Emotional Stress on Motor Skills

Emotion Stress on Motor Skills
We all agree to the fact that stress is something universal. We all experience it, though it may vary on different levels. The manner into which a person also relieves his or stress varies—some feel better after doing some binge eating, others are contented with having to use a stress ball. There are also different sources of stress for everyone. For students, their number one source of stress is for them to obtain good grades so that their parents will be proud of them; for the working professionals, their main source of stress is having to earn for their daily sustenance.

There are different types of stresses as well. We have physical, mental and emotional stress to name a few. However, this paper will concentrate on the last one, emotional stress, since this is one of the most difficult types of stress that one may encounter in his or her daily dealings. Emotional stress, as what they say, is oftentimes self-inflicted. The degree of stress a person might experience or feel depends on how a person handles bad news. Let’s consider for example a break up. One person might find it easy to cope with the situation by diverting his or attention to something else, and be able to move on after a week or so, while others might find themselves sulking for a couple of weeks, or even months.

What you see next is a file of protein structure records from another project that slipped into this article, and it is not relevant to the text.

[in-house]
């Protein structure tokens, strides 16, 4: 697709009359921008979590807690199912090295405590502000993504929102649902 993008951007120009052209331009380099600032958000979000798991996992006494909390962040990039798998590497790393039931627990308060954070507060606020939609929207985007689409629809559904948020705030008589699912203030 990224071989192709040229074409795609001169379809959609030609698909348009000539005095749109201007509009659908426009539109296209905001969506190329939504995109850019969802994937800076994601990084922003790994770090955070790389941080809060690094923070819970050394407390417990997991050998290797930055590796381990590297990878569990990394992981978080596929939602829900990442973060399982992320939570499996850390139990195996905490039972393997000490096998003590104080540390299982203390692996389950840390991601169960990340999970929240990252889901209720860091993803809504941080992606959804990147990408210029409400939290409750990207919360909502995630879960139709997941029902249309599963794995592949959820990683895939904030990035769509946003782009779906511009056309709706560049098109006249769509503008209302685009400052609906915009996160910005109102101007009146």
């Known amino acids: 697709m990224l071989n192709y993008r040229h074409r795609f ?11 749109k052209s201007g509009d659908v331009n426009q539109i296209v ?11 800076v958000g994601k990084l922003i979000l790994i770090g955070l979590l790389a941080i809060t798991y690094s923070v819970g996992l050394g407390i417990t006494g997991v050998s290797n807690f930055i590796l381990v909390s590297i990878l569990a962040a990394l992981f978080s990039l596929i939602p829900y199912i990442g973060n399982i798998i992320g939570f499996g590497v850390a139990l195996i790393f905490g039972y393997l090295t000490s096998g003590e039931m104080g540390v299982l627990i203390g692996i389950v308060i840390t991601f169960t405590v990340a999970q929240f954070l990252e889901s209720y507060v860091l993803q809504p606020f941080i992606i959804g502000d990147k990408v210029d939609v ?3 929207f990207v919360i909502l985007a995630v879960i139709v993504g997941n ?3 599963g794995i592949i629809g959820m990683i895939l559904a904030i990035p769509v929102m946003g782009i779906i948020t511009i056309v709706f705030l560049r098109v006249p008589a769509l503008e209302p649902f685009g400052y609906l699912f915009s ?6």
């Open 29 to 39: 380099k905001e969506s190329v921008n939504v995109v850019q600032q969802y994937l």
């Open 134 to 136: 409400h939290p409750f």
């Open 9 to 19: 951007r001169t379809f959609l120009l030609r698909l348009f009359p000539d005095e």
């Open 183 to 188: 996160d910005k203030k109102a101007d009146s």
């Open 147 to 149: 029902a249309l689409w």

Emotions may sometimes trigger severe stress that it may affect the person’s nervous system. When the nervous system is the one that is affected, it may affect the way the brain works since the event has caused an incredible strain in the person’s mind. Truth be told, there are various severe emotional experiences that may trigger post-traumatic syndrome such as going into a war and seeing a fellow soldier die in the battlefield.

According to experiments conducted by researchers from LSU Health Sciences Center, whenever a mouse experiences even a tinge of stress, its cerebellum gets affected. The cerebellum is the part of the brain in charge of...